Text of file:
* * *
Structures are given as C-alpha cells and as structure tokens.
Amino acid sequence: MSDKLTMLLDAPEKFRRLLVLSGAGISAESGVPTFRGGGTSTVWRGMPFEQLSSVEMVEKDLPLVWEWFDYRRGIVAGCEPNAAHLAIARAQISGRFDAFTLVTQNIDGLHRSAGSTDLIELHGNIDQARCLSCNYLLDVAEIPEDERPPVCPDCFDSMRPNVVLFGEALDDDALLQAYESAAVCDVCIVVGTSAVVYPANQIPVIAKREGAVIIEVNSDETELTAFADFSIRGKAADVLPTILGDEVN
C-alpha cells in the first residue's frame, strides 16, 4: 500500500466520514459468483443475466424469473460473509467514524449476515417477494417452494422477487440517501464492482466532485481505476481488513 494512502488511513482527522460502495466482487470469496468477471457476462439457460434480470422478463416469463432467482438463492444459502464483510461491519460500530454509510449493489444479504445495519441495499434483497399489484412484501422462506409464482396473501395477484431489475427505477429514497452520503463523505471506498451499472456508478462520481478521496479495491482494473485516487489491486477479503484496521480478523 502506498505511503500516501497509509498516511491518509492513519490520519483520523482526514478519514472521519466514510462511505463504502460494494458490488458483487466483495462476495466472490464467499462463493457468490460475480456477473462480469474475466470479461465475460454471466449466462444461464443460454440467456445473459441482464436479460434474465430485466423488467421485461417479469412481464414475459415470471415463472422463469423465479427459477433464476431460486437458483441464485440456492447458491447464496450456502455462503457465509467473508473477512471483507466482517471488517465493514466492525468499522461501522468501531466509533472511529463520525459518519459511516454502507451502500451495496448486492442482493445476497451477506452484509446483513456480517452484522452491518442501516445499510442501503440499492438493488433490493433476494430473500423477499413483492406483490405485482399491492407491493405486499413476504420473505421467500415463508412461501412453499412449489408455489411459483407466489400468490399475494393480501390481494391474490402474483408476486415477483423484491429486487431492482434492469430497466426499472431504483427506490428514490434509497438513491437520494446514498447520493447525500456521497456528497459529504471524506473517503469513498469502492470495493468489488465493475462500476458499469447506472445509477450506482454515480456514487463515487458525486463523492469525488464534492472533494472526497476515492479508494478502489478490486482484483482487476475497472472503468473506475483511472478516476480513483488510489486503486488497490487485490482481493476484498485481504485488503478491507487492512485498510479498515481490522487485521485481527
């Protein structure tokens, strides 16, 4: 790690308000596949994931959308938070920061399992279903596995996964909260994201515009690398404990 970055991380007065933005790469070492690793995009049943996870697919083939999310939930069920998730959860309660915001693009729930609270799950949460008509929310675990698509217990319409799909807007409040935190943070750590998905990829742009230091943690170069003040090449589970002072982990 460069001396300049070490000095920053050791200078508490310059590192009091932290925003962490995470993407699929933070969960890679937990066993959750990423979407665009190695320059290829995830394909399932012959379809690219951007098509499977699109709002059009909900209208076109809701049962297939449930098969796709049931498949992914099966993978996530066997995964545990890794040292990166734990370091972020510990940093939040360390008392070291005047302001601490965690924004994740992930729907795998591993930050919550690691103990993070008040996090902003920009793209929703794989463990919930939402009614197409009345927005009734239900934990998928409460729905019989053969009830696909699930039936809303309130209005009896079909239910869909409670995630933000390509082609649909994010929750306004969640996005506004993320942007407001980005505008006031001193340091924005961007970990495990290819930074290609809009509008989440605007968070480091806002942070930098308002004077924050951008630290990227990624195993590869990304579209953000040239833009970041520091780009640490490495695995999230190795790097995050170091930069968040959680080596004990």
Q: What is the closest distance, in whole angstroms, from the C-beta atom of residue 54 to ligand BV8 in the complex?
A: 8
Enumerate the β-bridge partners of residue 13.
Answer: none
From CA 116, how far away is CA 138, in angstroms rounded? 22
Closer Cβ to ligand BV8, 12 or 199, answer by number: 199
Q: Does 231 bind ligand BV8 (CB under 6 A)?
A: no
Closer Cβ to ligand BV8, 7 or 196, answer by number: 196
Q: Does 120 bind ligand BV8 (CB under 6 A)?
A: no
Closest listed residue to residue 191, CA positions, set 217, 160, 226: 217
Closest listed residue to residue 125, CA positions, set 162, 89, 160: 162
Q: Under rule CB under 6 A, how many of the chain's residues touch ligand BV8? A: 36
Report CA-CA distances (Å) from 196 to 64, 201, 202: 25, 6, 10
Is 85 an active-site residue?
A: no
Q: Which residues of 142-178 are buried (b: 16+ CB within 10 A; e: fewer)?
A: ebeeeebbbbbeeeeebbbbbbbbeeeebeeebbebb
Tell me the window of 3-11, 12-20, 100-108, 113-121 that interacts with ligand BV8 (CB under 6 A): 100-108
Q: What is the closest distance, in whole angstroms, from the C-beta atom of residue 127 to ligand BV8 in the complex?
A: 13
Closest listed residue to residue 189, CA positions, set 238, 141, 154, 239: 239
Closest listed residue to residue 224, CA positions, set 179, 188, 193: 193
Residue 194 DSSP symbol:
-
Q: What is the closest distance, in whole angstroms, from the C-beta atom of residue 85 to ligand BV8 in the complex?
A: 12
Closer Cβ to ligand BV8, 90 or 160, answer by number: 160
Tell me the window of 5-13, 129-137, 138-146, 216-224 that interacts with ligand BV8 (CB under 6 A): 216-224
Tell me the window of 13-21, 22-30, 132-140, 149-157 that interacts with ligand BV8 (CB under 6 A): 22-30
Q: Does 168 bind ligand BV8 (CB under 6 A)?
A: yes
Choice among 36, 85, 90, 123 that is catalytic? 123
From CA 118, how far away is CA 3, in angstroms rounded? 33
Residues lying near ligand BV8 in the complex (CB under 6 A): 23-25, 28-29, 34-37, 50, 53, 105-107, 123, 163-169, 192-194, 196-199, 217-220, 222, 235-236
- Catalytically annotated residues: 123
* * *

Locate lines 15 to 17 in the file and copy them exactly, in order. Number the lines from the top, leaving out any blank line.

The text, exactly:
A: no
Closest listed residue to residue 191, CA positions, set 217, 160, 226: 217
Closest listed residue to residue 125, CA positions, set 162, 89, 160: 162